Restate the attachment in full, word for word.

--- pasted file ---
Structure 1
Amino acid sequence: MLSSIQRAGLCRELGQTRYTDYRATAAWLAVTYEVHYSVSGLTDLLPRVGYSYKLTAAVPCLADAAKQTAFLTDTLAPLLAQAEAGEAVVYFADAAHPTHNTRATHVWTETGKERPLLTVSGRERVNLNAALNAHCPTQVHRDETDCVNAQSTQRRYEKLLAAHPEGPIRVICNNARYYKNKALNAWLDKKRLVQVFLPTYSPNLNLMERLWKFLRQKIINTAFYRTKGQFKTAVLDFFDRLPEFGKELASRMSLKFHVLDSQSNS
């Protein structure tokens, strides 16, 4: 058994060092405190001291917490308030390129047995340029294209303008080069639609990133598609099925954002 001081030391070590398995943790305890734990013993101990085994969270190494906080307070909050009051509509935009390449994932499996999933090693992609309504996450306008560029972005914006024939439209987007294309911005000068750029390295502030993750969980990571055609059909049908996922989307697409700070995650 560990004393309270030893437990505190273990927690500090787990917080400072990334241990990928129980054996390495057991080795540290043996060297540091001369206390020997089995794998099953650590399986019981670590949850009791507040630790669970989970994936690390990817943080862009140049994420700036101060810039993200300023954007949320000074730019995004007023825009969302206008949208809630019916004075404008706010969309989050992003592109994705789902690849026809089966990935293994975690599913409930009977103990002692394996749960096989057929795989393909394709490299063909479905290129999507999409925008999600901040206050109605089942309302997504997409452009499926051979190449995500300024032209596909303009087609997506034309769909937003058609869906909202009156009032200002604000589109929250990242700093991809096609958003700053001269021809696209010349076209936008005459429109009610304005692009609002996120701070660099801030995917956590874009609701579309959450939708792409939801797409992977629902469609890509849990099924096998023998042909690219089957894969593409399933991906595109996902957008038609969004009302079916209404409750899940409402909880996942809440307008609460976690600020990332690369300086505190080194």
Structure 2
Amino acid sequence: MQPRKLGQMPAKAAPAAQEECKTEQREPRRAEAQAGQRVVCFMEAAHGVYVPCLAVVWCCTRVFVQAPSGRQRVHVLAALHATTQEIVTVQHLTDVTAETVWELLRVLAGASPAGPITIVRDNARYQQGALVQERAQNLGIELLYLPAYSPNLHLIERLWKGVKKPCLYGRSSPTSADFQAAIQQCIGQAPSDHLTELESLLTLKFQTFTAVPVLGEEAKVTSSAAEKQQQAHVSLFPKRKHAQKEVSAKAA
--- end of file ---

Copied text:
Structure 1
Amino acid sequence: MLSSIQRAGLCRELGQTRYTDYRATAAWLAVTYEVHYSVSGLTDLLPRVGYSYKLTAAVPCLADAAKQTAFLTDTLAPLLAQAEAGEAVVYFADAAHPTHNTRATHVWTETGKERPLLTVSGRERVNLNAALNAHCPTQVHRDETDCVNAQSTQRRYEKLLAAHPEGPIRVICNNARYYKNKALNAWLDKKRLVQVFLPTYSPNLNLMERLWKFLRQKIINTAFYRTKGQFKTAVLDFFDRLPEFGKELASRMSLKFHVLDSQSNS
């Protein structure tokens, strides 16, 4: 058994060092405190001291917490308030390129047995340029294209303008080069639609990133598609099925954002 001081030391070590398995943790305890734990013993101990085994969270190494906080307070909050009051509509935009390449994932499996999933090693992609309504996450306008560029972005914006024939439209987007294309911005000068750029390295502030993750969980990571055609059909049908996922989307697409700070995650 560990004393309270030893437990505190273990927690500090787990917080400072990334241990990928129980054996390495057991080795540290043996060297540091001369206390020997089995794998099953650590399986019981670590949850009791507040630790669970989970994936690390990817943080862009140049994420700036101060810039993200300023954007949320000074730019995004007023825009969302206008949208809630019916004075404008706010969309989050992003592109994705789902690849026809089966990935293994975690599913409930009977103990002692394996749960096989057929795989393909394709490299063909479905290129999507999409925008999600901040206050109605089942309302997504997409452009499926051979190449995500300024032209596909303009087609997506034309769909937003058609869906909202009156009032200002604000589109929250990242700093991809096609958003700053001269021809696209010349076209936008005459429109009610304005692009609002996120701070660099801030995917956590874009609701579309959450939708792409939801797409992977629902469609890509849990099924096998023998042909690219089957894969593409399933991906595109996902957008038609969004009302079916209404409750899940409402909880996942809440307008609460976690600020990332690369300086505190080194």
Structure 2
Amino acid sequence: MQPRKLGQMPAKAAPAAQEECKTEQREPRRAEAQAGQRVVCFMEAAHGVYVPCLAVVWCCTRVFVQAPSGRQRVHVLAALHATTQEIVTVQHLTDVTAETVWELLRVLAGASPAGPITIVRDNARYQQGALVQERAQNLGIELLYLPAYSPNLHLIERLWKGVKKPCLYGRSSPTSADFQAAIQQCIGQAPSDHLTELESLLTLKFQTFTAVPVLGEEAKVTSSAAEKQQQAHVSLFPKRKHAQKEVSAKAA